Tag Archives: nuclear weapons

No New Zealanders allowed

So if you aren’t in New Zealand or Hawaii you probably haven’t heard that 2 naval frigates from New Zealand have been forced to moor at a commercial dock in Hawaii rather than at the military  facility at Pearl Harbour. The reason is that a law New Zealand passed in 1987 banned nuclear power and weapons from our fair shores. Because the US Navy would neither confirm or deny that individual vessels had nuclear weapons or nuclear material onboard, it effectively banned US naval ships from New Zealand, ending the ANZUS (Australia, New Zealand, United States) alliance. In retaliation New Zealand vessels aren’t allowed to moor with other countries’ vessels at Pearl Harbour during the world’s largest naval exercise, RimPac. I don’t think anyone in New Zealand cares that we have to park our 2 little ships away from the big boys. We certainly aren’t going to give up our nuclear free stance over it.

I also don’t think that many people anywhere else would care that New Zealand is not moored with other navies, and I think plenty would support our nuclear free stance anyway, especially in the wake of the Fukushima incident. The US’s actions in this case miss the point of the whole situation, like that movie:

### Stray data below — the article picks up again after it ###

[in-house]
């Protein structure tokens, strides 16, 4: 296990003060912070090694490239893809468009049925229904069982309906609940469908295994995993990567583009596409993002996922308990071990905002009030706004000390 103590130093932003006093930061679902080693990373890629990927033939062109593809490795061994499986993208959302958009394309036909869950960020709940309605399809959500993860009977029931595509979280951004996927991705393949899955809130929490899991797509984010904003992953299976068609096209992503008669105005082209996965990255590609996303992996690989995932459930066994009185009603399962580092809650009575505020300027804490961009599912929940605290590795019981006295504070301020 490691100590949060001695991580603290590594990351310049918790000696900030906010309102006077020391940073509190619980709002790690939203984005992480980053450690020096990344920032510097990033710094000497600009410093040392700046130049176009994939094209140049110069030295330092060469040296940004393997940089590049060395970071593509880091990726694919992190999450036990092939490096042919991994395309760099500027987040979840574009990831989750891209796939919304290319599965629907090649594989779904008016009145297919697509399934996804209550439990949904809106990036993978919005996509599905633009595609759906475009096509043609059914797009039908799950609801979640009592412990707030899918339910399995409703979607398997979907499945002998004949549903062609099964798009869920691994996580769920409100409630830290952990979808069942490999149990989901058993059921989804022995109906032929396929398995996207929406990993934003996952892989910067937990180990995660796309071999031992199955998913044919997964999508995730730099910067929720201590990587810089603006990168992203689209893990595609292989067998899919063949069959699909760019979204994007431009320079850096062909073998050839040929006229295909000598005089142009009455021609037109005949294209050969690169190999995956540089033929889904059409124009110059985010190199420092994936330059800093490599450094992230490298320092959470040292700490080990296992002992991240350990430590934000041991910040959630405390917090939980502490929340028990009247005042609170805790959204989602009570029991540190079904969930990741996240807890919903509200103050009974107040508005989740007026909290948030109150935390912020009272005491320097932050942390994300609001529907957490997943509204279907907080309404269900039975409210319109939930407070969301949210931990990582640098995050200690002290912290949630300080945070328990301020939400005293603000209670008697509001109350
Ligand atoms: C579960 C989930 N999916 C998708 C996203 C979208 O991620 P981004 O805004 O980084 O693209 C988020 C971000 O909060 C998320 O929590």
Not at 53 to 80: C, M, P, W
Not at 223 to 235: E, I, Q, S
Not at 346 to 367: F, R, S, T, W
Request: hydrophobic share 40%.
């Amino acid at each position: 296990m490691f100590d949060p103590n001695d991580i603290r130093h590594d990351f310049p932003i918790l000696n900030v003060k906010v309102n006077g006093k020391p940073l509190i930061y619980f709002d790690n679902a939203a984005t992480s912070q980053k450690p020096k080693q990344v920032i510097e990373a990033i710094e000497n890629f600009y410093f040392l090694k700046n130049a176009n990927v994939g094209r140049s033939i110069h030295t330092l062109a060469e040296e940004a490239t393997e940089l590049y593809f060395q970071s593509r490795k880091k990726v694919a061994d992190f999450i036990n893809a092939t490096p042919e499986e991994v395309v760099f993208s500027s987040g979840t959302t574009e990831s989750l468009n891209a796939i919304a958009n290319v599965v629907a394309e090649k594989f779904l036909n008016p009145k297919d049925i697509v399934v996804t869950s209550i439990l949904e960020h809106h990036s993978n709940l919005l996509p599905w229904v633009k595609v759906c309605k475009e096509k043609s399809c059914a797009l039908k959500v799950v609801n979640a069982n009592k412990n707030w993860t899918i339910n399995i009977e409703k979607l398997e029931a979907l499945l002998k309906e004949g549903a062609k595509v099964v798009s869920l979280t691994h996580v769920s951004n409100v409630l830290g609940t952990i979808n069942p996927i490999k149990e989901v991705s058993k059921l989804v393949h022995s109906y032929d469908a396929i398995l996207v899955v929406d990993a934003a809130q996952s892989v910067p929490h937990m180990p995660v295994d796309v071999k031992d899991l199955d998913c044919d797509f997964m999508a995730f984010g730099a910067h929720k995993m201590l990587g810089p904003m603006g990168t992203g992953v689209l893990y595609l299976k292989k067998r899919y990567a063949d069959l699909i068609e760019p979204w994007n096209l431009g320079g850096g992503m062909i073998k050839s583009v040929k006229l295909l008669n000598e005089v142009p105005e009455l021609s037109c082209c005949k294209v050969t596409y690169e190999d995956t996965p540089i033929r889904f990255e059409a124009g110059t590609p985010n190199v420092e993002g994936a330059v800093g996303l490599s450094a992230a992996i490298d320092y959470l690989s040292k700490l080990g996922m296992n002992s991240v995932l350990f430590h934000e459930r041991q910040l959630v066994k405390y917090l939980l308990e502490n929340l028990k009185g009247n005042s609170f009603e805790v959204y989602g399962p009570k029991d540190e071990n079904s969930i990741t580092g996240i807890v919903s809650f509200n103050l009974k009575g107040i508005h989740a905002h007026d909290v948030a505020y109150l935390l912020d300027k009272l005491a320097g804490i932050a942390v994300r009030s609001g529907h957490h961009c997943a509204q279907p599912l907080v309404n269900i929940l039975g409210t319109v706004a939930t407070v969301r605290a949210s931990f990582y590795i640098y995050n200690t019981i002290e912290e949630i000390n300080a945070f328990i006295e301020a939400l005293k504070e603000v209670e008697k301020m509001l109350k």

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Some reasons for people to chill out over North Korea

In an earlier post I explained why I think Pakistan’s nuclear capabilities are kinda scary. Continuing on this theme, here are a few reasons why I think North Korea’s missile test and possible nuclear test aren’t things to stress about:

  • North Korean leaders are not insane – they want to remain in power. When you are isolated and threatened by much bigger, more well armed opponents it can be useful to appear insane because people will be wary of you. Having nuclear weapons will mean that the North Korean regime will continue to be propped up by international (primarily Chinese) food aid because the world is scared of what North Korea will do if it starts to collapse. Developing a missile just means that the threat of North Korea going nuts isn’t as hollow, because they have a delivery system for their nukes now. Using a nuke as an offensive weapon would be suicidal on the part of North Korea’s leaders, and I really don’t think they want to be nuked themselves.